You cannot have it both ways. If you've been out there talking about organizations and criticizing their lack of involvement you cannot criticize them when they join. This is something I shared at SxSWi during the BlogTalk Radio show. Comparing comments at the time of writing this post, Frucci's got 129, Judge's 158. Both got two kinds of comments:
(1) by people who were constructive and provided a thought-out opinion;
(2) by people who were disappointed and not so thoughtful in exposing their case.
Dissenting and arguing is good, but it's an art. If you're going to do that, you might consider staying professional and poised while you share a piece of your mind. Also, you might check your spelling and grammar for good measure. I read and liked the comments from those who were able to strike the balance - well done. Your points will travel further that way.
One of the reasons why organizations have been able to brush off criticism has been poor delivery. My mother taught me that getting angry and bursting out in frustration makes me less effective at actually fixing the issue, helping someone do that, or making my voice heard.
Who likes a company blog that looks like a Web site with corporate messaging or product releases and discount coupons? Right, so can we all respect each other and navigate social media together while we iron out the issues?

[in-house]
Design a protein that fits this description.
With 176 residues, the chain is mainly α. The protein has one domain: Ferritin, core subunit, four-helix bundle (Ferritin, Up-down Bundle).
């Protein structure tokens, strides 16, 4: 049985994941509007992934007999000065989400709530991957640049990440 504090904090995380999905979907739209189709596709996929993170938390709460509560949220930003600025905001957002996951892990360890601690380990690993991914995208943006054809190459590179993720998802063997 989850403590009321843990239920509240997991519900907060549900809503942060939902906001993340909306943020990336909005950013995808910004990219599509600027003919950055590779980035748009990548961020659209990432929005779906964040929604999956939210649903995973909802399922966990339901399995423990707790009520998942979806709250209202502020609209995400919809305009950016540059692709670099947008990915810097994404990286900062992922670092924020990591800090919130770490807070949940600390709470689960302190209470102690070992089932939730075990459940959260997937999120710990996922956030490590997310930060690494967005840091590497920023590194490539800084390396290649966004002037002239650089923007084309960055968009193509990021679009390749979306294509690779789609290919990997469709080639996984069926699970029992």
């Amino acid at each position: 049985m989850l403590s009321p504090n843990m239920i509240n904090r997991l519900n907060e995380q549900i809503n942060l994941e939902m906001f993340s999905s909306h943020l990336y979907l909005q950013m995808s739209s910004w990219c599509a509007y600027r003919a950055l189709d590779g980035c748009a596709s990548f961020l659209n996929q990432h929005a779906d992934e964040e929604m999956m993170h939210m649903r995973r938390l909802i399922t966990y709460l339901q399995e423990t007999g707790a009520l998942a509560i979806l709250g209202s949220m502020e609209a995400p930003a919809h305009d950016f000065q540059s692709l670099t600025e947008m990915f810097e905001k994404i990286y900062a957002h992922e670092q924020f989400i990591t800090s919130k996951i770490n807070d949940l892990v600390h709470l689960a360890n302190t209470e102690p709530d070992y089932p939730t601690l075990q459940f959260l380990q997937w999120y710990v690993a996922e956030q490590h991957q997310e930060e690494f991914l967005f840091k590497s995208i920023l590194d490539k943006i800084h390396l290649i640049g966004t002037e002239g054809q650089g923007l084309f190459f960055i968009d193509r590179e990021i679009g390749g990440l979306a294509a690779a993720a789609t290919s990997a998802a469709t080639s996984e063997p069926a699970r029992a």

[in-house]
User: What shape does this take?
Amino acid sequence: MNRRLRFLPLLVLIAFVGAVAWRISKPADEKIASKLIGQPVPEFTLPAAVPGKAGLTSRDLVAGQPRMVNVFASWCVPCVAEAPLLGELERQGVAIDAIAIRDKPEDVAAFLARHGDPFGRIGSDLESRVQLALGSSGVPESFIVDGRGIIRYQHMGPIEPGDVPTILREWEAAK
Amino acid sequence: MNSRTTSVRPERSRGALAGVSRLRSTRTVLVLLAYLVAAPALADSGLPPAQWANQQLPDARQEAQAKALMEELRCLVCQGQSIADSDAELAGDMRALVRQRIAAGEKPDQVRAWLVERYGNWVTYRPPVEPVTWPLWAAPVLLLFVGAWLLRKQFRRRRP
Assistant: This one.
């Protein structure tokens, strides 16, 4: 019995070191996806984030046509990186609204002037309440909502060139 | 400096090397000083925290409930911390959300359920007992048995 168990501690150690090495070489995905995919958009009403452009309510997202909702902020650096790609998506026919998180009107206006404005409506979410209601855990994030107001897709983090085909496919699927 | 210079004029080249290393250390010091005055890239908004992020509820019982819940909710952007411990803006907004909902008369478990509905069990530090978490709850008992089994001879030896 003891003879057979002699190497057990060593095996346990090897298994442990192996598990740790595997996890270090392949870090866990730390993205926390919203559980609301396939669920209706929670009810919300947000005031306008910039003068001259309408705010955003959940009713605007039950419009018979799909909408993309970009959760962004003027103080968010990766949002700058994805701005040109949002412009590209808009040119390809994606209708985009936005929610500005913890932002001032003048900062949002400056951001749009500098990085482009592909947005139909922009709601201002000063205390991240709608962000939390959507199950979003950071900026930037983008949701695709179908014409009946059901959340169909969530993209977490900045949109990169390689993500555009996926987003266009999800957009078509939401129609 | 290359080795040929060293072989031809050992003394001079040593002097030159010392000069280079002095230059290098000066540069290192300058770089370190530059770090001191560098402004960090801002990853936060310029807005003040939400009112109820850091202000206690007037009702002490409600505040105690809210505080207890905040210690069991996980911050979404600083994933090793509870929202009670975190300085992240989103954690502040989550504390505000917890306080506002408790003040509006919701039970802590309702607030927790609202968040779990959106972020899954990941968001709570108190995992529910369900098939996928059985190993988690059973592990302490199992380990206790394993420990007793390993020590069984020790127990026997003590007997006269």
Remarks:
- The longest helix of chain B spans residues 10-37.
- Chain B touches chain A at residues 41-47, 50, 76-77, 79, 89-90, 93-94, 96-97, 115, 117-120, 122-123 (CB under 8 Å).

It was Oscar Wilde who wrote something like if you've spent your whole life pretending to be good when instead you wanted to be bad, you're a hypocrite. Customers are sending mixed signals. This is one of the reasons why organizations have been held back. They/we say one thing, then do another.
However, in this case, there is a next step. If I were Best Buy, my next step after the humorous response would be to take a hard look at the reason for the first Gizmodo post and engage the customers among the readers who found truth in that. There is always some truth in comedy, isn't there? Given that customer service and interaction is the new marketing, this needs to be addressed.
The whole reason to join the conversation, the reason to have one in the first place, is that you can take lessons back to your business and change it (and the way you look at it) for the better. Otherwise, it's just an academic exercise (no offense meant), isn't it?
Some ideas I could think about (some of which exclude others):
- tier prices and service levels - cheap price comes with self-service